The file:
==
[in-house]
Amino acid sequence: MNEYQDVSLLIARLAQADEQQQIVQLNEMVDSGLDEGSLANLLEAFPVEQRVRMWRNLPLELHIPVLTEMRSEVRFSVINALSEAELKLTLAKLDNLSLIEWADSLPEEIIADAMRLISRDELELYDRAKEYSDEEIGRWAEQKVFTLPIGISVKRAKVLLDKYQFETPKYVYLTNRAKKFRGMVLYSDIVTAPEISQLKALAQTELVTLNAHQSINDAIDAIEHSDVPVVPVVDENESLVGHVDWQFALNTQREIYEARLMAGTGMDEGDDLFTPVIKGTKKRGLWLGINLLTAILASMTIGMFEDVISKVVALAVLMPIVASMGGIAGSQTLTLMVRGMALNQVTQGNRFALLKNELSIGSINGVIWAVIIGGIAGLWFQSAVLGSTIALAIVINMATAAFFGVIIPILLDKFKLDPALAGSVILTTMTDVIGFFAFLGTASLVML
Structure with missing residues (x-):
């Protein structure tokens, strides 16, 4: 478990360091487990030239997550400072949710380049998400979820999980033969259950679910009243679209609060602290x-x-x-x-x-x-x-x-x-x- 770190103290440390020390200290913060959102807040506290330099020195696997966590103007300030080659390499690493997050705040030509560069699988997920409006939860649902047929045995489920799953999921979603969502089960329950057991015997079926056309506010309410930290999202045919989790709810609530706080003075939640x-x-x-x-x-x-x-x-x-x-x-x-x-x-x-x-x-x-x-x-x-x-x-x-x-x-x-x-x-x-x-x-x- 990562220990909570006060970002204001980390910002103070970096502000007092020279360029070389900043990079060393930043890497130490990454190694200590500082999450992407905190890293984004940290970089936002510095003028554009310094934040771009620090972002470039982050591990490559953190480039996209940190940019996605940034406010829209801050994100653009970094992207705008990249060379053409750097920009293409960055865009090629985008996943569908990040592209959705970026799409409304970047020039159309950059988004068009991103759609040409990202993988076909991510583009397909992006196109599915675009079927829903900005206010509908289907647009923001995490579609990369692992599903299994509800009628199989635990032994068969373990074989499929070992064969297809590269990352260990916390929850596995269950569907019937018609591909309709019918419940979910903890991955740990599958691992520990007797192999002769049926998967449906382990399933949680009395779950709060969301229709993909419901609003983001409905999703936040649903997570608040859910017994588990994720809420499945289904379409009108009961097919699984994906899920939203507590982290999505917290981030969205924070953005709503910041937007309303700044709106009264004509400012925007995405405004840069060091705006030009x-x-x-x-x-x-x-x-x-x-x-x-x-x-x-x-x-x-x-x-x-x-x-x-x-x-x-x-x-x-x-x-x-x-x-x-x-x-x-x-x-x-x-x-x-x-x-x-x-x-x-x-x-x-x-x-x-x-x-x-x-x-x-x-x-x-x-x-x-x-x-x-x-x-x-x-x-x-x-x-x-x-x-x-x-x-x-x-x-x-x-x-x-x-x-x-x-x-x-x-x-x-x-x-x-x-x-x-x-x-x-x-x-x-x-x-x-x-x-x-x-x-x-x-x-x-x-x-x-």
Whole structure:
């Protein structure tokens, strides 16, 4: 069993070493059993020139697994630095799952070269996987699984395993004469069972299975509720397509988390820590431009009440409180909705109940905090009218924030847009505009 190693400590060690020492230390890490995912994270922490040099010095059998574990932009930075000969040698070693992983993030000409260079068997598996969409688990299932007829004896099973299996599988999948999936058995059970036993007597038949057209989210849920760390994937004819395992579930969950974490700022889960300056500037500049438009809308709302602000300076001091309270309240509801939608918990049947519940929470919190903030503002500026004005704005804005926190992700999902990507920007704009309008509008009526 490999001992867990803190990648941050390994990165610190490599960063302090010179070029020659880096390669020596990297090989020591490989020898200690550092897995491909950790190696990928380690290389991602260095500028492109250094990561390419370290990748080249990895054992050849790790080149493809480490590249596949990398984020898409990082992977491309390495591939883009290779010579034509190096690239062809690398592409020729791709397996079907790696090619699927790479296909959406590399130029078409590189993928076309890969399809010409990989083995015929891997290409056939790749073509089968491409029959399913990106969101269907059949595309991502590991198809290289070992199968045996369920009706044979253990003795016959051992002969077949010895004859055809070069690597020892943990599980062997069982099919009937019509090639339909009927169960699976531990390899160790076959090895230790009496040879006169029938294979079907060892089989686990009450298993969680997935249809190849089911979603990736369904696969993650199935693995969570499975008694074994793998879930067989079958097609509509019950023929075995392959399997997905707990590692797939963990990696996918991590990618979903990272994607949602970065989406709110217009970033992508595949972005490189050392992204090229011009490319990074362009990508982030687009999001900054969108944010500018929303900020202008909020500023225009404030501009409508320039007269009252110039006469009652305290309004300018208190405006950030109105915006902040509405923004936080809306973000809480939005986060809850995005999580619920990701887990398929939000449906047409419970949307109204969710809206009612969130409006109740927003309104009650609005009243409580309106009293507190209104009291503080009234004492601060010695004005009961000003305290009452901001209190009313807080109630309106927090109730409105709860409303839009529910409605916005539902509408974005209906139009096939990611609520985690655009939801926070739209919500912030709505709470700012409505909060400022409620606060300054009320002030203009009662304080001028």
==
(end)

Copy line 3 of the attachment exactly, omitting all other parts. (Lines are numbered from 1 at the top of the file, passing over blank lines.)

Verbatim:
Structure with missing residues (x-):